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My name is Kevin. I’m 23. I’m running in the upcoming Council elections representing Aitken Ward in Hume City Council.


I have lived in Hume for many years and have had the privilege of being employed in the area just as long. Firstly, I worked at Melbourne airport and most recently, at Woolworths after Covid-19 was declared a pandemic and for my local Member of Parliament, Maria Vamvakinou. Being the eldest of three, I have the privilege of watching my youngest sibling attend school in the area (currently online) down the road from where we live. I enjoy watching her play tennis at Hume Tennis and Community Centre and get competitive with other children and feel like a part of this community.


Aside from my involvement in helping raise my youngest sibling, I am involved in my old Secondary College’s school council (hopefully inspiring the younger generation), my local Labor party branch, local church and cultural group.


Whilst for most, this is all they have ever known, a home in Hume, children attending the local school and getting involved in extracurricular activities after school and the added privilege shopping in the area and enjoying the local parks, my life has not always been like this.

I was born in Zimbabwe, in a small rural town called Zvishavane, in the Midlands province. I grew up in the central town of Kwekwe, right in the middle of the country and between the two largest cities, Harare and Bulawayo. I lived in Mbizo 1-extension (the three roomed council commission houses) with my mother, father, little brother, cousin, grandmother and great grandmother. My father was a Boilermaker at ZIMASCO (steelwork manufacturer) and my mother was an Environmental Health Officer within the City Council and on-call to travel to rural areas to deal with outbreaks (Malaria and cholera) and teach communities about water sanitation weekly. My father worked from dawn to dusk and my mother was away most days. My grandparents and aunt looked after us during those times and saw to it that we go to school and did our homework once we came back home.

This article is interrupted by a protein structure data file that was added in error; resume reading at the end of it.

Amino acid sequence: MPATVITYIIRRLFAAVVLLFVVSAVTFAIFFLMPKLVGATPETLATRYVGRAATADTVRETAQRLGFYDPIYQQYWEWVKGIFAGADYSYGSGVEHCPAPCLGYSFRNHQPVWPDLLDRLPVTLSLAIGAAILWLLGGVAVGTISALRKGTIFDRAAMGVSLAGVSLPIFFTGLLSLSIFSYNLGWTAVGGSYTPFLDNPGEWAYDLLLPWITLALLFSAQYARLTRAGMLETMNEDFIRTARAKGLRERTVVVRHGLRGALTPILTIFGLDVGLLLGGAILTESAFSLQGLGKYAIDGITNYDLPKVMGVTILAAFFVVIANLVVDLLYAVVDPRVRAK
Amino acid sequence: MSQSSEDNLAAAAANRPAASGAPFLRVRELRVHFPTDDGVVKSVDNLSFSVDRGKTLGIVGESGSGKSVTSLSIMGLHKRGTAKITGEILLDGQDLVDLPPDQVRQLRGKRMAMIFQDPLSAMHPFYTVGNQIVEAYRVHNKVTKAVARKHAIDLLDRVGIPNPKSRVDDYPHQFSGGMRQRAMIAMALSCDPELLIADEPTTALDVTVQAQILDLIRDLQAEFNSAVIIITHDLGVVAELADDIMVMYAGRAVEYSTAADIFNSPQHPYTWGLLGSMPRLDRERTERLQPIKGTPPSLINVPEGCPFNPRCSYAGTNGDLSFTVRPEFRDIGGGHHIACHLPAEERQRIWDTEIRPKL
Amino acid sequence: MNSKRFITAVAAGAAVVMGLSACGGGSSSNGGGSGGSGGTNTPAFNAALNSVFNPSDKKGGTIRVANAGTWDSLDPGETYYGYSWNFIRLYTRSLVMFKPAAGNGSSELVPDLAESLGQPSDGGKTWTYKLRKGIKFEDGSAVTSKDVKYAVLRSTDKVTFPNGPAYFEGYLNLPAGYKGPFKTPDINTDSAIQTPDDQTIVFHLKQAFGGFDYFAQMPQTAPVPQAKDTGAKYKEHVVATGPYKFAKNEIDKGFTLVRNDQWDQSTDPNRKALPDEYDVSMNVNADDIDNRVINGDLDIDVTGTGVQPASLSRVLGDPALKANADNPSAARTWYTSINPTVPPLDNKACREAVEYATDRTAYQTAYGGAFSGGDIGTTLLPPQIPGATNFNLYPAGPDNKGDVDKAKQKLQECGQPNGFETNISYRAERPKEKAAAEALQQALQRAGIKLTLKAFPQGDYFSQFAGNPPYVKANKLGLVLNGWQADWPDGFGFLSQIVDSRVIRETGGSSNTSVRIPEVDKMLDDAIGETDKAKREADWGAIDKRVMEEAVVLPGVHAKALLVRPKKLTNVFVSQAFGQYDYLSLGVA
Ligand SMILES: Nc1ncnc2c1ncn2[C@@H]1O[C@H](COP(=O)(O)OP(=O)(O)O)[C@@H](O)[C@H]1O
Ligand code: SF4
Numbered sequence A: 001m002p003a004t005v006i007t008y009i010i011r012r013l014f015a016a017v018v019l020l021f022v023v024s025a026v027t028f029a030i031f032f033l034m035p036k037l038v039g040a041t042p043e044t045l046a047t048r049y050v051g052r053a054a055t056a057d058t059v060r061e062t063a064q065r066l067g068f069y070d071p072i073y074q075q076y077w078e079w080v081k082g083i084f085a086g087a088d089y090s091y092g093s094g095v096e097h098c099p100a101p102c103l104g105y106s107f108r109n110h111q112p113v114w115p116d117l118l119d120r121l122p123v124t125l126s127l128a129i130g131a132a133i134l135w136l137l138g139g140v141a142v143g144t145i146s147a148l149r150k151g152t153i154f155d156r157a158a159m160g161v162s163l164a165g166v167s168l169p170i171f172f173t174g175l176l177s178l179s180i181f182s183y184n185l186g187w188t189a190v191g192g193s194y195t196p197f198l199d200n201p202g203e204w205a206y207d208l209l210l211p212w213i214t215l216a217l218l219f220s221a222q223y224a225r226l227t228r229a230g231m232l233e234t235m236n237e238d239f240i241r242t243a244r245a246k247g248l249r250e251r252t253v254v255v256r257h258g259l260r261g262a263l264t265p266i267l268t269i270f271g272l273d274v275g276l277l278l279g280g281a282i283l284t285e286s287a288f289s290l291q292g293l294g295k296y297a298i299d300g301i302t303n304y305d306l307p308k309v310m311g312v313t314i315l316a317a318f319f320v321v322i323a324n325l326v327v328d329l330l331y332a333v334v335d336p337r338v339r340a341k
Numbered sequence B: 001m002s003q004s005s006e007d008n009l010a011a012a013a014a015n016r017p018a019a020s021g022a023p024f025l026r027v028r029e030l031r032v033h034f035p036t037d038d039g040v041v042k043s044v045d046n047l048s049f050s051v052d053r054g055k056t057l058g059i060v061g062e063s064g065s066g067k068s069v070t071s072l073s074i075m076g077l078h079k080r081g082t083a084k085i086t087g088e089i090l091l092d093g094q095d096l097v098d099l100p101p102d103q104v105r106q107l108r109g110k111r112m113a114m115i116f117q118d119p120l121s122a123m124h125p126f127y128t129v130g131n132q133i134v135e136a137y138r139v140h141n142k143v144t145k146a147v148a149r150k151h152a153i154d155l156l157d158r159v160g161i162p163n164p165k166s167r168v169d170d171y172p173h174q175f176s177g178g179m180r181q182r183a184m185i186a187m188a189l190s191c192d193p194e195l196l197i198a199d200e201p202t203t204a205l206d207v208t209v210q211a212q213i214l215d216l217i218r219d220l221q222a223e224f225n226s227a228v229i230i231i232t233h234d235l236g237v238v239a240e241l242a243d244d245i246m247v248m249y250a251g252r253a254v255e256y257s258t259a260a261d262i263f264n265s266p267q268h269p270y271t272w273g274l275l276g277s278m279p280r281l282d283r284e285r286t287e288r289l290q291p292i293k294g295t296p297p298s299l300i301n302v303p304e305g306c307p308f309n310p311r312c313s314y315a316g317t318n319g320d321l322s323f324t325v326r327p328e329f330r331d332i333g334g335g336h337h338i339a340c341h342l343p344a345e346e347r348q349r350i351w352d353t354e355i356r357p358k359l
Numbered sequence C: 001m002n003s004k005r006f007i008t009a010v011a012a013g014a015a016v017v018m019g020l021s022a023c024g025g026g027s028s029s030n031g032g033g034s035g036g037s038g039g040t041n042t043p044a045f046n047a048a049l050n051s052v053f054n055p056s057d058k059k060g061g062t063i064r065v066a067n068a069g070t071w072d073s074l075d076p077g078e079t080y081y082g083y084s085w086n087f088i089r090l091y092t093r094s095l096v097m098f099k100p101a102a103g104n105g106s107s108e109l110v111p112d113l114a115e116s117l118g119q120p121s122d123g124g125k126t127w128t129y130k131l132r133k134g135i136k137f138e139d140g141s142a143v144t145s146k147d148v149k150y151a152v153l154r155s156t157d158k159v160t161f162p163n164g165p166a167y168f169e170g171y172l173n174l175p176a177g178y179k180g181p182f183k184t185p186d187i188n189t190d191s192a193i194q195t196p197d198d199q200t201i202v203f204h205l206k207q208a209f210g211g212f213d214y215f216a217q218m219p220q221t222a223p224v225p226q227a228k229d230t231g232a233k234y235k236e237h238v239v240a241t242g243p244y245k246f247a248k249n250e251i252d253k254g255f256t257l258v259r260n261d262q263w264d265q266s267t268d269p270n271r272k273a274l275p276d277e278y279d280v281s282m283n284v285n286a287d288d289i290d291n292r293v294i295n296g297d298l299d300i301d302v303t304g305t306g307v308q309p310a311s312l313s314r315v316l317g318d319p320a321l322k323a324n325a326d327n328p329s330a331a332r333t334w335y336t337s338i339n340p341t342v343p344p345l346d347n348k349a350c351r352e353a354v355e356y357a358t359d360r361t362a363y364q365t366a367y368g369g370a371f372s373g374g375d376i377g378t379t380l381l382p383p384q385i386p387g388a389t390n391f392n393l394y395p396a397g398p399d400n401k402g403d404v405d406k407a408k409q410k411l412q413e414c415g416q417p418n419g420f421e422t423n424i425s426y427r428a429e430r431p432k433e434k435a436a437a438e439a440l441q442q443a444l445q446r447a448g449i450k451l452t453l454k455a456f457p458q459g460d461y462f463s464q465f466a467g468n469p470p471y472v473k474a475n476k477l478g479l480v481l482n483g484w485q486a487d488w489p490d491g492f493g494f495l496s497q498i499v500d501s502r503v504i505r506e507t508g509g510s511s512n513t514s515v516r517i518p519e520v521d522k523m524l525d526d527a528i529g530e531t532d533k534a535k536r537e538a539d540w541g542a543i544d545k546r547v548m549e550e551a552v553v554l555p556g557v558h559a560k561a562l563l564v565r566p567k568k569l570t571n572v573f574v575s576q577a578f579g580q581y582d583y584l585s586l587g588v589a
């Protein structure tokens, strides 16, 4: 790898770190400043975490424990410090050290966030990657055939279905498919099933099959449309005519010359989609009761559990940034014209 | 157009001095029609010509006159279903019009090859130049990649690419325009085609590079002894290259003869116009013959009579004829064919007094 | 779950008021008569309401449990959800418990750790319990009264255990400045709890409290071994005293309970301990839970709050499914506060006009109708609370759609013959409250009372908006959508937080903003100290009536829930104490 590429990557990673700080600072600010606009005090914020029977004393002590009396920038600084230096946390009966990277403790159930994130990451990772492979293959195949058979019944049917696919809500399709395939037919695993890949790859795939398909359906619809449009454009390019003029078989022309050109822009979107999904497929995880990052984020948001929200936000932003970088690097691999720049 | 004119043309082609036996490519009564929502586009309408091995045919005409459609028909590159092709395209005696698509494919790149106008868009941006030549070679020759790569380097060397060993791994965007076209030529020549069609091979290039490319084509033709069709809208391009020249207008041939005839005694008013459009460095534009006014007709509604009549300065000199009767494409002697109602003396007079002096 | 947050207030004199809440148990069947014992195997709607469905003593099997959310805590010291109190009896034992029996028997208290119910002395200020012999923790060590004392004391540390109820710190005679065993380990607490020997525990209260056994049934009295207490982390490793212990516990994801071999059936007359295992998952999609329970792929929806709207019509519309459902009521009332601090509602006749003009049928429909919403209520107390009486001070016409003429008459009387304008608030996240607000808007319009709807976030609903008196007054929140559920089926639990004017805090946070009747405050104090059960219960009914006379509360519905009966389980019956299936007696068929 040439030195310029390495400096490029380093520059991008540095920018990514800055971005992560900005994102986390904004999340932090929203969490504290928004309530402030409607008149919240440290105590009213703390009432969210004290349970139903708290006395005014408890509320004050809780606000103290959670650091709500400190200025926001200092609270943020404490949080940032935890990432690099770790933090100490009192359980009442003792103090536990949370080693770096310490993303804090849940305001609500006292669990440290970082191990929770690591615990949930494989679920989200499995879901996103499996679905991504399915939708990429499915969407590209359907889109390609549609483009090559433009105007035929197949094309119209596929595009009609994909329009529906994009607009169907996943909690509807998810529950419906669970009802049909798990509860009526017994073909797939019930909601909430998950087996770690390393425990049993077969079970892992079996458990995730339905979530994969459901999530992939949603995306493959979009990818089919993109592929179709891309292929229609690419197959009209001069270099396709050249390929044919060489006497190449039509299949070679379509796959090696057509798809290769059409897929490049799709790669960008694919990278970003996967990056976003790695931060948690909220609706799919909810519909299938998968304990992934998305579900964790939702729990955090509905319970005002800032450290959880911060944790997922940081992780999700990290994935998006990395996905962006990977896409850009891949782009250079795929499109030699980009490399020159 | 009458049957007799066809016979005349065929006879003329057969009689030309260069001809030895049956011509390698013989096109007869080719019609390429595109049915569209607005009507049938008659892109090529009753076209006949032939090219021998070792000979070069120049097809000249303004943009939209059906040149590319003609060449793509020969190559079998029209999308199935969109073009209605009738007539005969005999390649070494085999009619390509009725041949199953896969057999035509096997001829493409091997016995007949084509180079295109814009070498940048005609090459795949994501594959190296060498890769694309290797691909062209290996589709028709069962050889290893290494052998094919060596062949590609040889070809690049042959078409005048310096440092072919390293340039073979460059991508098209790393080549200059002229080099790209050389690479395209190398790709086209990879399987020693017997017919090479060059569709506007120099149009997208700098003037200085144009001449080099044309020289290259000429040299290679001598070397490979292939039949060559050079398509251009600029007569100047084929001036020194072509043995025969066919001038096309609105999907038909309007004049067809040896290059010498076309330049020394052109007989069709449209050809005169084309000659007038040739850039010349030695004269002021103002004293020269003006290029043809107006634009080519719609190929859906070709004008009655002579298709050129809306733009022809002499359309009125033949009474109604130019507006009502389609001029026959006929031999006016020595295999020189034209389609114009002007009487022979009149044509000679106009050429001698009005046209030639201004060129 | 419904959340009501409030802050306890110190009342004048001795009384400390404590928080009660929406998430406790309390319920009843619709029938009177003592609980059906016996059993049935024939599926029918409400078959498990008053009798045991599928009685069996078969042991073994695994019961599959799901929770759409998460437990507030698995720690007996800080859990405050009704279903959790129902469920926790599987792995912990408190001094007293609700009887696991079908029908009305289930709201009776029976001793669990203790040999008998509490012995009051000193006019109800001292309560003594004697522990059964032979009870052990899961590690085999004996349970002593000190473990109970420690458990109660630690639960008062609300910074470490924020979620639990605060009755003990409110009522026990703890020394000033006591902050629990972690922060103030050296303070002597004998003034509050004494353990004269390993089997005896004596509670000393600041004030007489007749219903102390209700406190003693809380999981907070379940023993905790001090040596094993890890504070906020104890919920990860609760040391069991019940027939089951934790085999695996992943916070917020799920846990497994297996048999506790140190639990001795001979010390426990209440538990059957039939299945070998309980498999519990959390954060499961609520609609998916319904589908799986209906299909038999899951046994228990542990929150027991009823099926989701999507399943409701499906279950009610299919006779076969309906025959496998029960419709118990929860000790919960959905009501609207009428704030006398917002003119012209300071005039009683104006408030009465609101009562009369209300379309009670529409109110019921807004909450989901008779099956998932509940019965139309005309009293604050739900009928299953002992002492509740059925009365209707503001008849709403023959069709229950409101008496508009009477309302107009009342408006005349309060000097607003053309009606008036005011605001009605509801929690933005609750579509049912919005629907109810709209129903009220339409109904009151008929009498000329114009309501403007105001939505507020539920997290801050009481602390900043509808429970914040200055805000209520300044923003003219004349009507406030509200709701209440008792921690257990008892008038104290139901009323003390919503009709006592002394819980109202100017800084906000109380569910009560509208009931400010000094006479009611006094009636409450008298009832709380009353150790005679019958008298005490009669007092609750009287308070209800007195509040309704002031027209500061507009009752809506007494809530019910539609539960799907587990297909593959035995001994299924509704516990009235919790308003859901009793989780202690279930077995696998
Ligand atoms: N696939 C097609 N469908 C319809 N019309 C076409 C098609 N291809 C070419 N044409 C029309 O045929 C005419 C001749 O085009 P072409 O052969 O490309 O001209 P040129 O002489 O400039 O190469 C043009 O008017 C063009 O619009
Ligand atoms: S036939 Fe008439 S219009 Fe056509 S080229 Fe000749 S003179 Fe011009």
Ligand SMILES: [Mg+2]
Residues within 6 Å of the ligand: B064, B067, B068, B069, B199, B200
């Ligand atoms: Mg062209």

My parents worked very hard in a struggling economy and did everything they could to ensure that our upbringing was memorable. They sacrificed so much for us and also had the added responsibility of looking after our extended family too. It was my father who acquired a VISA to work in Australia in 2008, gave up everything he had worked for to pursue a better future for my brother, my sister (who had just been born) and myself. My immediate family made the journey here the following year. When I turned eleven I moved to Australia.

This type of upbringing is not uncommon for most migrant families. However, what it has done, is it taught me primarily to really appreciate where I live, because I was old enough when I left Zimbabwe to know what I left behind. Moreover, it has taught me to value my community and to take an upper hand in helping those that are struggling, just as my community helped my family when we needed the help.

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During my high school and university years I volunteered to help my schooling community. I served as an ambassador in high school, appearing on the ABC to represent my school and talk about my experience studying at a government school. I have worked and volunteered at my university as an Ambassador, a mentor and a welfare officer as well as a magazine editor within the La Trobe Student Union. In 2017 I served on the La Trobe University Council as the student representative and most recently, as the president of ALIAS (A Look Into African Society) and Vice Chair of the ZimCommunity (Zimbabwean Community in Victoria).

However, as a community we still have a way to go. Hume is a very multicultural city and a growing city. It is now the time for newer, fresher and more diverse voices in Hume. This will give an opportunity to have different stories told, by migrants, have young people at the forefront of job creation and town planning and further have young people champion entrepreneurship in our community. Lastly, I believe it is important to have young people contribute to the discussion about how we navigate our city in a post Covid-19 world whilst supporting our local families, small businesses, young and older residents.


I hope you’ll join me and support my campaign.




Noma Kapeke (Mother)

From: Zvishavane, Zimbabwe

Nurse, Support worker and Environmental health officer

Fun fact: First in our family to go to University and one of the eleven members of her family.


Champion Kapeke Snr (Father)

From Shurugwi, Zimbabwe

Boilermaker, trainer & assessor

Fun fact: Lived in Australia by himself for one year between 2008 and 2009 whilst waiting for our VISAs to be granted.


Champion Kapeke Jnr (Younger Brother)

Engineering Student

Fun fact: Rides a motorbike, an artist and stole my name, haha!


Thabile Kapeke (Young Sister)

Year 7 Student

Fun fact: Learning to speak Mandarin and likes to play tennis.



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